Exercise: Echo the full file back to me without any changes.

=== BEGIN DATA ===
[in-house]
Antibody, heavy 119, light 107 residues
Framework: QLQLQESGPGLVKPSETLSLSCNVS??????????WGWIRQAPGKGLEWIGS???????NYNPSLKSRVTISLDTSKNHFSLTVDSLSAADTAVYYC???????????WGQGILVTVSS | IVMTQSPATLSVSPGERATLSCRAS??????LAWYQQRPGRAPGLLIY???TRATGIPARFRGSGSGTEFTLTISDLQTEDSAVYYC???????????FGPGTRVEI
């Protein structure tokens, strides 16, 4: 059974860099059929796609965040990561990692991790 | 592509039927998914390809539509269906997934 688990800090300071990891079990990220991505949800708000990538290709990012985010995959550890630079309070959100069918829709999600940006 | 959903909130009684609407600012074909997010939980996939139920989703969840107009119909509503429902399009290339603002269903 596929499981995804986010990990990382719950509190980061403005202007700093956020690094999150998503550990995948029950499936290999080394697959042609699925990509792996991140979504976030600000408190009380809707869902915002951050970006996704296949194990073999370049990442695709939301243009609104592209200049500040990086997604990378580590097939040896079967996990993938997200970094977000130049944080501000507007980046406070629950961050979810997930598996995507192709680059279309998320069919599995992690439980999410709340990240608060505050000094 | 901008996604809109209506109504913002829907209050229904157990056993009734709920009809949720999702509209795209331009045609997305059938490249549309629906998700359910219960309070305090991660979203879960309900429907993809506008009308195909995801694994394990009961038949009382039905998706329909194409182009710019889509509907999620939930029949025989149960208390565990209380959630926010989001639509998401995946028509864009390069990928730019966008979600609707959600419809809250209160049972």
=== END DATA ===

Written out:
[in-house]
Antibody, heavy 119, light 107 residues
Framework: QLQLQESGPGLVKPSETLSLSCNVS??????????WGWIRQAPGKGLEWIGS???????NYNPSLKSRVTISLDTSKNHFSLTVDSLSAADTAVYYC???????????WGQGILVTVSS | IVMTQSPATLSVSPGERATLSCRAS??????LAWYQQRPGRAPGLLIY???TRATGIPARFRGSGSGTEFTLTISDLQTEDSAVYYC???????????FGPGTRVEI
């Protein structure tokens, strides 16, 4: 059974860099059929796609965040990561990692991790 | 592509039927998914390809539509269906997934 688990800090300071990891079990990220991505949800708000990538290709990012985010995959550890630079309070959100069918829709999600940006 | 959903909130009684609407600012074909997010939980996939139920989703969840107009119909509503429902399009290339603002269903 596929499981995804986010990990990382719950509190980061403005202007700093956020690094999150998503550990995948029950499936290999080394697959042609699925990509792996991140979504976030600000408190009380809707869902915002951050970006996704296949194990073999370049990442695709939301243009609104592209200049500040990086997604990378580590097939040896079967996990993938997200970094977000130049944080501000507007980046406070629950961050979810997930598996995507192709680059279309998320069919599995992690439980999410709340990240608060505050000094 | 901008996604809109209506109504913002829907209050229904157990056993009734709920009809949720999702509209795209331009045609997305059938490249549309629906998700359910219960309070305090991660979203879960309900429907993809506008009308195909995801694994394990009961038949009382039905998706329909194409182009710019889509509907999620939930029949025989149960208390565990209380959630926010989001639509998401995946028509864009390069990928730019966008979600609707959600419809809250209160049972």